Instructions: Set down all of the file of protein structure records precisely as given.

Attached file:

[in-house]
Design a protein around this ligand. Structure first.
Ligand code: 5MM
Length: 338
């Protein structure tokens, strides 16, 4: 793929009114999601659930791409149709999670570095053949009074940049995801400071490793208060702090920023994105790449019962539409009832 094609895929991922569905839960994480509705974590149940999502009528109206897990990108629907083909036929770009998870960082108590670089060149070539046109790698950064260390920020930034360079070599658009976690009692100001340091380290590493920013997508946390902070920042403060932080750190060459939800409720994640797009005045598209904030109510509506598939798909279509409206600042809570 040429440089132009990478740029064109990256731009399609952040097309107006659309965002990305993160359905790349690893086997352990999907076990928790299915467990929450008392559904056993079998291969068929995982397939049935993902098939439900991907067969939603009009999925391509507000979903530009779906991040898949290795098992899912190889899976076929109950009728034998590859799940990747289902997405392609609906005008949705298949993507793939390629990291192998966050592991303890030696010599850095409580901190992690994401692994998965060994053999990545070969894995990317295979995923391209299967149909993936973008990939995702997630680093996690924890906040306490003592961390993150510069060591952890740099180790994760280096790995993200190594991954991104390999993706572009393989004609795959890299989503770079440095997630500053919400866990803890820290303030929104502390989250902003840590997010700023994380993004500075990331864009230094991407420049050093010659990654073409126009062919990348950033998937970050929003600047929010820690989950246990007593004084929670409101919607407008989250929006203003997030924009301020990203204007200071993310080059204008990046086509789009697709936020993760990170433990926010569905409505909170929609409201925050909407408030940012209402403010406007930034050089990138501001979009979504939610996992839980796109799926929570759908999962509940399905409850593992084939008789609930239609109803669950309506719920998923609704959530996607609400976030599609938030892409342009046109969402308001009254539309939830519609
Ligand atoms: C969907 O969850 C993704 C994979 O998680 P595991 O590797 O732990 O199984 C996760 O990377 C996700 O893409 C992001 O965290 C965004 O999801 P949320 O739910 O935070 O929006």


[in-house]
Design a protein around this ligand. Structure first.
Ligand code: 5MM
Length: 338
């Protein structure tokens, strides 16, 4: 793929009114999601659930791409149709999670570095053949009074940049995801400071490793208060702090920023994105790449019962539409009832 094609895929991922569905839960994480509705974590149940999502009528109206897990990108629907083909036929770009998870960082108590670089060149070539046109790698950064260390920020930034360079070599658009976690009692100001340091380290590493920013997508946390902070920042403060932080750190060459939800409720994640797009005045598209904030109510509506598939798909279509409206600042809570 040429440089132009990478740029064109990256731009399609952040097309107006659309965002990305993160359905790349690893086997352990999907076990928790299915467990929450008392559904056993079998291969068929995982397939049935993902098939439900991907067969939603009009999925391509507000979903530009779906991040898949290795098992899912190889899976076929109950009728034998590859799940990747289902997405392609609906005008949705298949993507793939390629990291192998966050592991303890030696010599850095409580901190992690994401692994998965060994053999990545070969894995990317295979995923391209299967149909993936973008990939995702997630680093996690924890906040306490003592961390993150510069060591952890740099180790994760280096790995993200190594991954991104390999993706572009393989004609795959890299989503770079440095997630500053919400866990803890820290303030929104502390989250902003840590997010700023994380993004500075990331864009230094991407420049050093010659990654073409126009062919990348950033998937970050929003600047929010820690989950246990007593004084929670409101919607407008989250929006203003997030924009301020990203204007200071993310080059204008990046086509789009697709936020993760990170433990926010569905409505909170929609409201925050909407408030940012209402403010406007930034050089990138501001979009979504939610996992839980796109799926929570759908999962509940399905409850593992084939008789609930239609109803669950309506719920998923609704959530996607609400976030599609938030892409342009046109969402308001009254539309939830519609
Ligand atoms: C969907 O969850 C993704 C994979 O998680 P595991 O590797 O732990 O199984 C996760 O990377 C996700 O893409 C992001 O965290 C965004 O999801 P949320 O739910 O935070 O929006």